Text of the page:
Slowly, after each of these narratives, after each consequence and moral was revealed, I began to realize that underpinning all of these fables was the throbbing drumbeat that to be a good woman all the choices you make must be externally transparent - that onlookers will be judging you for what you do and blaming your misfortunes on your transgressions. And the worst, the absolute worst action you can do is to kill your "baby" because there is nothing in the world that can justify MURDER. Because there is no one in the world who would give you the benefit of the doubt, who trusts you to make the right decision for yourself and your family. Because if you have an abortion, you are automatically discredited as an active, responsible agent.

Because the world at large does not trust women.

I trust women. I trust that decisions are not made lightly. I trust that women are the only people who can know everything about their individual circumstance and with the information they have can be trusted to make the best call for their lives at the time they have to make it. I trust women and that's why despite my mother's best efforts, I am pro-choice.

Thursday, January 21, 2010

The revolution will not apologise

With apologies to Gil Scott-Heron.

So Dana Lam, President of AWARE, has written to the Straits Times to address the fetid boghole of misogyny that is the OverEasy drinks-for-breasts promotion.

Quoth Ms Lam:
There is nothing free about letting a room of people gawk at your breasts. Even if a woman is willing to pay the personal price of loss of dignity, there is still a cost suffered by other women.

The women who participated have contributed to the objectification of women, to reducing a woman's value to her breast size, and have helped reinforce the belief among men that this is not only acceptable, but welcome. Staging this event in itself is extremely distasteful.

Just because sexism is profitable does not make it right. For the organisers to say the event was merely for 'good fun and not sexist or sleazy' is insincere. The indignity is suffered only by one gender.

It is unfortunate there are women willing to make this choice so light-heartedly. The individual woman may view her participation as an act of empowerment. Perhaps she feels she should use whatever assets she has to secure favours for herself. In our sex- and youth-obsessed culture, it is not surprising some women would grow to be so cynical.

Yes, women have the right to choose, but individual choices are made in a social context. And in our current social context, women have a much harder time to be esteemed as individuals above and beyond their value as sex objects.

This event perpetuates the notion of women as sex objects and makes it that much more difficult for each woman who wants to be valued for her character and contribution, rather than how she stacks up to a distorted image of the ideal body.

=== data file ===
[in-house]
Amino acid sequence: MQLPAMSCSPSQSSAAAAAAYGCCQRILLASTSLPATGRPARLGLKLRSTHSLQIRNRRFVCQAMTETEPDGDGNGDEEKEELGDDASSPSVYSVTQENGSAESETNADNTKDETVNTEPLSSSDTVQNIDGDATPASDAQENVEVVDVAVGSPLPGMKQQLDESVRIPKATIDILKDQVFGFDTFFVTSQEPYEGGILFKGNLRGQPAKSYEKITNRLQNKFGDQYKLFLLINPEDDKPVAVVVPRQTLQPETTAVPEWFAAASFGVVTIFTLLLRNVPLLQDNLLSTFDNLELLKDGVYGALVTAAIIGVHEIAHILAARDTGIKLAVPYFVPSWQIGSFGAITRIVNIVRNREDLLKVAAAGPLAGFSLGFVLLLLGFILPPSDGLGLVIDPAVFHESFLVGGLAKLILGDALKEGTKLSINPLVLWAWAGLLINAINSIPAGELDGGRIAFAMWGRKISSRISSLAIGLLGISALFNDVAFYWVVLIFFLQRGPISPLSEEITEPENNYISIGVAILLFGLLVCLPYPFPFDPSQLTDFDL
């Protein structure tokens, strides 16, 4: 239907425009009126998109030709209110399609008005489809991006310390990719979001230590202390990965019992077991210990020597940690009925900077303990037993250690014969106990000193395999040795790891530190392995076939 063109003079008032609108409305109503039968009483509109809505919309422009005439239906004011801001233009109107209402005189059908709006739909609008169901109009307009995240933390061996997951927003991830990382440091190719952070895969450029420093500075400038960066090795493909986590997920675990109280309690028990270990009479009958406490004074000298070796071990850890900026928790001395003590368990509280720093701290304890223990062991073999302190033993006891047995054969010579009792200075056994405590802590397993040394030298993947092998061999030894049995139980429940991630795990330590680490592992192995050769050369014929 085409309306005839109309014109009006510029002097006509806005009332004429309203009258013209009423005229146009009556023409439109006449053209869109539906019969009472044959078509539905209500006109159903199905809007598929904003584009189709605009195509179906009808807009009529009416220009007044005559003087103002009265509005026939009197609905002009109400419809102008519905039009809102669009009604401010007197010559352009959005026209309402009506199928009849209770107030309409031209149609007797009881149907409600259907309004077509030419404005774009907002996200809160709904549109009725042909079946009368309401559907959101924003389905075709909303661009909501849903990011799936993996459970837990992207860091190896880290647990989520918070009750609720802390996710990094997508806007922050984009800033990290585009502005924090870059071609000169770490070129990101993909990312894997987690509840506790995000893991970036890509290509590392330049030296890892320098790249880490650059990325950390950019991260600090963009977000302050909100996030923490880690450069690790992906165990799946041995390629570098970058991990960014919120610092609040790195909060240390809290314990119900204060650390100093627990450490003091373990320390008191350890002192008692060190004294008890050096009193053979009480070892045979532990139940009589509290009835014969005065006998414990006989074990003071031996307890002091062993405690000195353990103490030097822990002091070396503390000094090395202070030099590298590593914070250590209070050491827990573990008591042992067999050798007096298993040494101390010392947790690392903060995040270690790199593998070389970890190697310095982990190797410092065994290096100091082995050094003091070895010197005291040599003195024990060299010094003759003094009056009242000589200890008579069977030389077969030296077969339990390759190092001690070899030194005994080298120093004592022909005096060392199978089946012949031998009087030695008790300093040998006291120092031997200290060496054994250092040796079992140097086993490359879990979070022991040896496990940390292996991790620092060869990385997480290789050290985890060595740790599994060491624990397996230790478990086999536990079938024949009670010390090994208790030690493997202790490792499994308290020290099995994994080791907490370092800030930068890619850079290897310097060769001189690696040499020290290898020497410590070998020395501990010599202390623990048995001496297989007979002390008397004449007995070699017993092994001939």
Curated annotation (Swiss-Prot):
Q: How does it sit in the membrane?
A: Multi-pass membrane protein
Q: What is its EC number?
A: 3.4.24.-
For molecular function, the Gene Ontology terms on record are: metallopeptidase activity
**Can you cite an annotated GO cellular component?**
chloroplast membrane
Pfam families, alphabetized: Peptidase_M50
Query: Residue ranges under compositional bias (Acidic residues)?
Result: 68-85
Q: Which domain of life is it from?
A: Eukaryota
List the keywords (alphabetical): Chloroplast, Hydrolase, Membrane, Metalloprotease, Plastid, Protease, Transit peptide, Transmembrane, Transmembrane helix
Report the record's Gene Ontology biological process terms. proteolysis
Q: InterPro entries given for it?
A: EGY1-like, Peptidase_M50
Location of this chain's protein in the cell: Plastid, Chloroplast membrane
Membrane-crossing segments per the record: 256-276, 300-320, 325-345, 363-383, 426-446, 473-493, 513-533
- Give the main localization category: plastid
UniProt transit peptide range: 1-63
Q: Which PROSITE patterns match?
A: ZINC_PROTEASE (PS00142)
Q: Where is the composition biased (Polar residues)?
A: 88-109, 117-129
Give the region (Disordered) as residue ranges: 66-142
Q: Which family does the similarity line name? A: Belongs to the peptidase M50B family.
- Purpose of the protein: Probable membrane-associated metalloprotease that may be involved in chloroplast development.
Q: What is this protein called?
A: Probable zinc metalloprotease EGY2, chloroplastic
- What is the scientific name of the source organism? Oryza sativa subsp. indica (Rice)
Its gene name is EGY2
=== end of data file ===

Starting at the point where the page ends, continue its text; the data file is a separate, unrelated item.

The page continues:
The personal choice (of the participants) and the private choice (of the corporation) has had a detrimental social impact.

Choice works both ways. The organisers may have packed their venue that evening, but they may well have lost future business at OverEasy and their sister establishments.
I have no Magical bone to pick with Ms Lam's letter, but something that it reflects has got me rubbing my wattle with worry.

To wit: so much of the conversation going on here is about the women who may obtain a drink at OverEasy, and whether they are harming or "denigrating" themselves or other women. Ms Lam has clearly - correctly - intuited that defenders of misogyny will fall over themselves to sound the battlecry of Choice, and has made a strategic decision to pre-emptively focus attention on this argument.

Your resident feathered friend is in full agreement that women may participate in promoting misogyny, and that misogyny should be criticised regardless of from whom it issues. I recognise, you will recall, that anyone living in a misogynist society, which is to say all of us, will participate in promoting misogyny, with varying levels of frequency and wilfulness.

But. Quiz time! Which of these is a shittier thing to do, and by how much?

A. Staging an event to financially profit off promoting the idea that women, and our breasts, exist to be Sexxxay for the sexual titillation of others.

B. Responding to a lifetime of being told "Be Sexxxay or you're worth nothing - less than nothing, you're a waste of space" by... well, surprise, being Sexxxay, and getting a free drink to boot.

It is a sad indictment of Singapore's attitudes to women that so much of Ms Lam's letter has to focus on item B, and seems almost to frame them as equal.